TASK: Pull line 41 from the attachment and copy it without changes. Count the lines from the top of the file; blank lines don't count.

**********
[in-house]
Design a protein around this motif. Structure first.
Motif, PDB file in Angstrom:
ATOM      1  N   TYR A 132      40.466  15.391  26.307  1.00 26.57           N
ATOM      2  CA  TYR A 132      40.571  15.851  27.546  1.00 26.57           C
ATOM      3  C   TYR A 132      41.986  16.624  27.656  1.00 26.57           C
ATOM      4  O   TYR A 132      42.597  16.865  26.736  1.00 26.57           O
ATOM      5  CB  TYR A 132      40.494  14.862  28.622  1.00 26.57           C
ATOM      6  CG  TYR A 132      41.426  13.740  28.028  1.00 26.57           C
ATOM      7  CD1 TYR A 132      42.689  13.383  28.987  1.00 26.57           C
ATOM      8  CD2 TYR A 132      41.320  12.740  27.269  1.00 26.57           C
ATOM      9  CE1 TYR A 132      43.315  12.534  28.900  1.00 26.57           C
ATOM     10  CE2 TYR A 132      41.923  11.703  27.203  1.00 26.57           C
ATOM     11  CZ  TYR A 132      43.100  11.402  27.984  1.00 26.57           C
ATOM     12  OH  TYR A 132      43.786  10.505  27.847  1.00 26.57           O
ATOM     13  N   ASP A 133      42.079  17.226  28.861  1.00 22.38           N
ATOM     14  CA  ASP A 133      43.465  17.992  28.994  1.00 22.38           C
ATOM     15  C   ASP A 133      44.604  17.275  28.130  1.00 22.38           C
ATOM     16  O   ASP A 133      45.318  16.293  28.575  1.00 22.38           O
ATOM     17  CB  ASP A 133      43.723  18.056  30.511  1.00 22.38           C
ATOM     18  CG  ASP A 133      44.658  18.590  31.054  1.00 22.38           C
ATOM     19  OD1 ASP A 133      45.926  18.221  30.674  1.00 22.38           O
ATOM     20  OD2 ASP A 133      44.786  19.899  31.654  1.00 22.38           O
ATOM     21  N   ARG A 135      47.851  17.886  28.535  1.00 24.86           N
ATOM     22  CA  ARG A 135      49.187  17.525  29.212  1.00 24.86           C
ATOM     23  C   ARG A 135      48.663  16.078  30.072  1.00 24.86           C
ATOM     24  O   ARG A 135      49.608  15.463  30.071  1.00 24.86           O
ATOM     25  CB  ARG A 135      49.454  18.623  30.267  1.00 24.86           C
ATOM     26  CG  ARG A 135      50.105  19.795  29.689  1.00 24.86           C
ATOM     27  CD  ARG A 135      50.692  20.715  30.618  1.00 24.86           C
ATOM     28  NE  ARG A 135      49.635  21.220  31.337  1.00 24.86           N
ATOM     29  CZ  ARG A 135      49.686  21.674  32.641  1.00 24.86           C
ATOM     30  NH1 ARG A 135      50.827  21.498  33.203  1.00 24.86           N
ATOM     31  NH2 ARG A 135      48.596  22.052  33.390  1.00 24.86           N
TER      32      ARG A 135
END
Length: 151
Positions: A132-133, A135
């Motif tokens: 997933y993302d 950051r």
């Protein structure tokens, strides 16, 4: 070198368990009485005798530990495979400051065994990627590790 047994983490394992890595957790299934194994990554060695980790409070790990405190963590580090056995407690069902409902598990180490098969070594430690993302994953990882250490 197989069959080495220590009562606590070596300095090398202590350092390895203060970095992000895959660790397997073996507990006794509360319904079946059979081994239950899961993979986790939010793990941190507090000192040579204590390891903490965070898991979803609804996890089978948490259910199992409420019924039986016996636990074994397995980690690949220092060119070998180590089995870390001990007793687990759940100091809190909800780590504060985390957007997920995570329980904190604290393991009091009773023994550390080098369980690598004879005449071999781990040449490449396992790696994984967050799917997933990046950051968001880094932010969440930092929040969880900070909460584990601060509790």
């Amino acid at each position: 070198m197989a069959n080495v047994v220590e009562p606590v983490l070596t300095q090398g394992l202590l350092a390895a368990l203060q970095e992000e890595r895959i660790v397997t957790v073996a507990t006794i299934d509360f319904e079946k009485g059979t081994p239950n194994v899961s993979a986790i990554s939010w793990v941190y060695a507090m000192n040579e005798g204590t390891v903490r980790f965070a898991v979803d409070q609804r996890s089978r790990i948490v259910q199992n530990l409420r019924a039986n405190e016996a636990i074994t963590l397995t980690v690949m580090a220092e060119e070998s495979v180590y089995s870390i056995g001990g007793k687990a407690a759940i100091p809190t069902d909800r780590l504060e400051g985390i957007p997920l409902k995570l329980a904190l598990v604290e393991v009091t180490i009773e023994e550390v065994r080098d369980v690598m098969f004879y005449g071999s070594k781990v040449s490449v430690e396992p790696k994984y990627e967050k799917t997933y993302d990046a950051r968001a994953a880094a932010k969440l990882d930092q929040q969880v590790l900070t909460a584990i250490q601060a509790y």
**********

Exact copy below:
């Amino acid at each position: 070198m197989a069959n080495v047994v220590e009562p606590v983490l070596t300095q090398g394992l202590l350092a390895a368990l203060q970095e992000e890595r895959i660790v397997t957790v073996a507990t006794i299934d509360f319904e079946k009485g059979t081994p239950n194994v899961s993979a986790i990554s939010w793990v941190y060695a507090m000192n040579e005798g204590t390891v903490r980790f965070a898991v979803d409070q609804r996890s089978r790990i948490v259910q199992n530990l409420r019924a039986n405190e016996a636990i074994t963590l397995t980690v690949m580090a220092e060119e070998s495979v180590y089995s870390i056995g001990g007793k687990a407690a759940i100091p809190t069902d909800r780590l504060e400051g985390i957007p997920l409902k995570l329980a904190l598990v604290e393991v009091t180490i009773e023994e550390v065994r080098d369980v690598m098969f004879y005449g071999s070594k781990v040449s490449v430690e396992p790696k994984y990627e967050k799917t997933y993302d990046a950051r968001a994953a880094a932010k969440l990882d930092q929040q969880v590790l900070t909460a584990i250490q601060a509790y």